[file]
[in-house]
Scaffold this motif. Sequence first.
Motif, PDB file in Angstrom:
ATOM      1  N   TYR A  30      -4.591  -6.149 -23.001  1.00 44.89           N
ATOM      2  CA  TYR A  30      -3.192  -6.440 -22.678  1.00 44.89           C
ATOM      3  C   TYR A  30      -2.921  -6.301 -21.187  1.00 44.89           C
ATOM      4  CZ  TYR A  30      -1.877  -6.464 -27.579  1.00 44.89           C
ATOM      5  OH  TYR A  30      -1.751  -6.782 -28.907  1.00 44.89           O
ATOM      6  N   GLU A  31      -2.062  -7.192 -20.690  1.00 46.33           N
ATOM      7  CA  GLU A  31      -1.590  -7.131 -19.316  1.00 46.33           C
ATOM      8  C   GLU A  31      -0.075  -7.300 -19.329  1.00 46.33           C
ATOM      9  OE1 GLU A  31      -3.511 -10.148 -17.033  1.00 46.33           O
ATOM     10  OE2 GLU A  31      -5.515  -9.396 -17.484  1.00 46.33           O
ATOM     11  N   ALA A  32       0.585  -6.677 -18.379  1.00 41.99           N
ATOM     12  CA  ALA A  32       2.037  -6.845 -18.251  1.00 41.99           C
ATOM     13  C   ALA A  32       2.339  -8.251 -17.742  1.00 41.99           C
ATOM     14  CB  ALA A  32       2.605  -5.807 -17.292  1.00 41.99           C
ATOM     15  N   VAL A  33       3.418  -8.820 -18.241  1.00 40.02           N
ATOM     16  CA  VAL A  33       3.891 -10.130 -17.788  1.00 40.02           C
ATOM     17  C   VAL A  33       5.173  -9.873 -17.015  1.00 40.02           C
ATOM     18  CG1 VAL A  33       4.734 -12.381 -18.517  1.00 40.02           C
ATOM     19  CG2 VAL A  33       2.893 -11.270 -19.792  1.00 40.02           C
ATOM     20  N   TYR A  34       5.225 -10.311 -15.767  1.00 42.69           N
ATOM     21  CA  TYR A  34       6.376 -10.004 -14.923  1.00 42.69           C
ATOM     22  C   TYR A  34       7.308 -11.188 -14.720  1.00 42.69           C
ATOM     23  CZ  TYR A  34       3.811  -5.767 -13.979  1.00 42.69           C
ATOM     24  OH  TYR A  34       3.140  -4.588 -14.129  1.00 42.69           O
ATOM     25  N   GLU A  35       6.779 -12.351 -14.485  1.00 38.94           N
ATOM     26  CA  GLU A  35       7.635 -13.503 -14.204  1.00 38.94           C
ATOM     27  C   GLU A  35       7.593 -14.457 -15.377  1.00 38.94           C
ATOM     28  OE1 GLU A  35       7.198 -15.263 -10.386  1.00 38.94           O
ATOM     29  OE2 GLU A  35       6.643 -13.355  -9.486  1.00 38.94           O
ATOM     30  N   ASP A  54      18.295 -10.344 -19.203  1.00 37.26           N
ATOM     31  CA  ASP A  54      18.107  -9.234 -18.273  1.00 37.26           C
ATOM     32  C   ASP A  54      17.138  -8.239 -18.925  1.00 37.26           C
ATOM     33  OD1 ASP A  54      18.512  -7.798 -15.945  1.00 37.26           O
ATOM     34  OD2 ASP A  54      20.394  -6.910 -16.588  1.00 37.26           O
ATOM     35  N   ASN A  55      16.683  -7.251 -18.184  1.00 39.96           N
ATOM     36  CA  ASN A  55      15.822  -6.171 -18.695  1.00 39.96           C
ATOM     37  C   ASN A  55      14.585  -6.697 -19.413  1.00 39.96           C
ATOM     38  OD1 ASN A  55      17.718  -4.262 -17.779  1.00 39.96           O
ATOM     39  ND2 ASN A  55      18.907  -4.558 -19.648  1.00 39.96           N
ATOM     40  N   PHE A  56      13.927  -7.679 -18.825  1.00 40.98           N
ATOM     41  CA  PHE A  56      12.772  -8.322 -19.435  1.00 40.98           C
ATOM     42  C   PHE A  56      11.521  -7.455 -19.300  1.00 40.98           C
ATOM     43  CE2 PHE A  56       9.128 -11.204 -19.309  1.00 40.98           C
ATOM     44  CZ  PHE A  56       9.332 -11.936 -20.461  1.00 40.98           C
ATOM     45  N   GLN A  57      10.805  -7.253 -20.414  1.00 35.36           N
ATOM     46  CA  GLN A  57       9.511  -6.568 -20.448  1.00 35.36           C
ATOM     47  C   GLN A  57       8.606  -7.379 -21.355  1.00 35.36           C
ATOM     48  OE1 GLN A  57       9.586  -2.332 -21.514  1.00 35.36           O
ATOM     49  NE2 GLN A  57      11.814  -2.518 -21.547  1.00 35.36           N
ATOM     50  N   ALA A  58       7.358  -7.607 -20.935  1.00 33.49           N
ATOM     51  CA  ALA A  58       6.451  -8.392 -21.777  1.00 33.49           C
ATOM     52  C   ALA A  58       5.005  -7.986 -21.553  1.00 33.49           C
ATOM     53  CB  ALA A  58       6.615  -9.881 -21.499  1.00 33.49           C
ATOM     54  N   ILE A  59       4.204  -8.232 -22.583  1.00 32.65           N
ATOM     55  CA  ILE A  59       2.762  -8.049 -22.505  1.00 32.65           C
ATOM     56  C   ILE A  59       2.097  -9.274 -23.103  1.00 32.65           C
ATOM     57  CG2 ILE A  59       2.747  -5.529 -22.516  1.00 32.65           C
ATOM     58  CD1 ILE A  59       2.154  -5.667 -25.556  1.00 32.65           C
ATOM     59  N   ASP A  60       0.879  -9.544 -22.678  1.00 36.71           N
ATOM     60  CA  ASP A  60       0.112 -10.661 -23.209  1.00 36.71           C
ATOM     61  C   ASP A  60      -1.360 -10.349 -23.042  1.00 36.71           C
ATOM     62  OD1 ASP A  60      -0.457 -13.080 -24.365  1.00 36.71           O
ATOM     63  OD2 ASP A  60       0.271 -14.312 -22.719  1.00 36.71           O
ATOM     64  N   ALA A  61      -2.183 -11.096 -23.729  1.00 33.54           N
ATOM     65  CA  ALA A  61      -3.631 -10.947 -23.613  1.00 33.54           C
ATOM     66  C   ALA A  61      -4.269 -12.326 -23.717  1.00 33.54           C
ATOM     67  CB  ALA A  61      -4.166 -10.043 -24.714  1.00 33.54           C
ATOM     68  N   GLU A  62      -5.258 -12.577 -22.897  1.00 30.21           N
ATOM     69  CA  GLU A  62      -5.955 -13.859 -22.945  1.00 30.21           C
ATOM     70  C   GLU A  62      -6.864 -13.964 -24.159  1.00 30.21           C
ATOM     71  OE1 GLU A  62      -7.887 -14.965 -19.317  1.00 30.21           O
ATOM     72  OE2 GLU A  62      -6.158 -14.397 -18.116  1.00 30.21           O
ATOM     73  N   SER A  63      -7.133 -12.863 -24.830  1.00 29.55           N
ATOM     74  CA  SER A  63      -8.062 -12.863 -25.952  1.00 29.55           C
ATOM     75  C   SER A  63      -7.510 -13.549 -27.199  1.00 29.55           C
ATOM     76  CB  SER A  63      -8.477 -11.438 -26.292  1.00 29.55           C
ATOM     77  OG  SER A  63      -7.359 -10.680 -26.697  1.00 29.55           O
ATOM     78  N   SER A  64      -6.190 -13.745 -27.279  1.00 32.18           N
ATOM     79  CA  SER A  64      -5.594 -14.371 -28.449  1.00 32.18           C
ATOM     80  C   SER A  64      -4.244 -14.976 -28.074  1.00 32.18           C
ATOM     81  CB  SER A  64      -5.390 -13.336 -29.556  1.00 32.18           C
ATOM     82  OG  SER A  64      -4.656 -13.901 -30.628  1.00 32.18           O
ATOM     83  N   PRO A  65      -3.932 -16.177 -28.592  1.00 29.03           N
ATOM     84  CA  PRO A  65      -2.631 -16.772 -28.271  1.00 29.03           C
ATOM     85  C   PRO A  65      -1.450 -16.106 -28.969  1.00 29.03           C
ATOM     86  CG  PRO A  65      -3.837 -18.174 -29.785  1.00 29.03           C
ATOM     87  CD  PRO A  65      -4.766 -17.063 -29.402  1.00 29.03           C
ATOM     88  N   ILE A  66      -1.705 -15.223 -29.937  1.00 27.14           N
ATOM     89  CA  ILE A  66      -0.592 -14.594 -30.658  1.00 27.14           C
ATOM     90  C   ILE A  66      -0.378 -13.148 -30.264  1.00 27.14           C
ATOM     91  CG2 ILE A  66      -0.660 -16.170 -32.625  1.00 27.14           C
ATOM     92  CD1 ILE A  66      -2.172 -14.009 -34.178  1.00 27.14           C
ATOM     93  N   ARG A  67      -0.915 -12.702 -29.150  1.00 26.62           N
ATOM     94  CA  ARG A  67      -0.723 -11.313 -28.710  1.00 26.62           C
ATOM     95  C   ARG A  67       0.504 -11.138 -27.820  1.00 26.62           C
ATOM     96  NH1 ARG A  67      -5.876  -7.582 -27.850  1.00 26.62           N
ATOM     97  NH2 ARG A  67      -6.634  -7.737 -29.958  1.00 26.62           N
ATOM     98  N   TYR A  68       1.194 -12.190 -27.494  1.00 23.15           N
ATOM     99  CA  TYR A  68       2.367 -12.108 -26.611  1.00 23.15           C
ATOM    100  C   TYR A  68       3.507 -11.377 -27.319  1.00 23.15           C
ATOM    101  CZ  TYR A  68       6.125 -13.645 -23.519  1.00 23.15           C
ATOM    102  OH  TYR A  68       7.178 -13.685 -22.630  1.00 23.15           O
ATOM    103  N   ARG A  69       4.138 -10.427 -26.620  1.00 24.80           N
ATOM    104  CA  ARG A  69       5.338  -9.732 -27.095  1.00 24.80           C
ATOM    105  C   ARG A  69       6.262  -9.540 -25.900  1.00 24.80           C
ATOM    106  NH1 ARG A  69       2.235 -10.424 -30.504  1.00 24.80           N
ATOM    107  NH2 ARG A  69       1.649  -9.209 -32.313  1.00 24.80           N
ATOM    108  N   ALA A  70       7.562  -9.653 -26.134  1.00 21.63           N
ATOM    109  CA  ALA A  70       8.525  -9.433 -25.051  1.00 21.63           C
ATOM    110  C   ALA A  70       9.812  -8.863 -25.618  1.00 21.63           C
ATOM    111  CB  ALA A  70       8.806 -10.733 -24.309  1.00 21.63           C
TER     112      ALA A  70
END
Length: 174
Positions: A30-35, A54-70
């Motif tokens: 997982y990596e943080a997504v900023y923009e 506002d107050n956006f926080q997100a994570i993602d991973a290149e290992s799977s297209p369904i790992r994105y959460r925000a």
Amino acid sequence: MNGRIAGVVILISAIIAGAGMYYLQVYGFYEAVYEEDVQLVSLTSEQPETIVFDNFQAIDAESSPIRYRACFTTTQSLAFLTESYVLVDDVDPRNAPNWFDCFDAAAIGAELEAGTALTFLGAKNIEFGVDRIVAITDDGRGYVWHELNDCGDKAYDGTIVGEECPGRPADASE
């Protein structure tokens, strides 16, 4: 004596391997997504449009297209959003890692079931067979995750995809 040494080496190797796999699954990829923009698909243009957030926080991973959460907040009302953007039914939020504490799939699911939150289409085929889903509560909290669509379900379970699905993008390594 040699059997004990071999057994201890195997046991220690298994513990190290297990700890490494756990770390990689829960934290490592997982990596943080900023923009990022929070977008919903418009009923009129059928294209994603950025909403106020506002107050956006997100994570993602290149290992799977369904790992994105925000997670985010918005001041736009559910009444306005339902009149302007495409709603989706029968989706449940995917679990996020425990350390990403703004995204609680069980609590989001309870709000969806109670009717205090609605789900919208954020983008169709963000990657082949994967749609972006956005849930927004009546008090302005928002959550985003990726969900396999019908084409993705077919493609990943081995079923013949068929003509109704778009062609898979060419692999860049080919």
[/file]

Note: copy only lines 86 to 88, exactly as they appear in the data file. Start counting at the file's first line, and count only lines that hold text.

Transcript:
ATOM     83  N   PRO A  65      -3.932 -16.177 -28.592  1.00 29.03           N
ATOM     84  CA  PRO A  65      -2.631 -16.772 -28.271  1.00 29.03           C
ATOM     85  C   PRO A  65      -1.450 -16.106 -28.969  1.00 29.03           C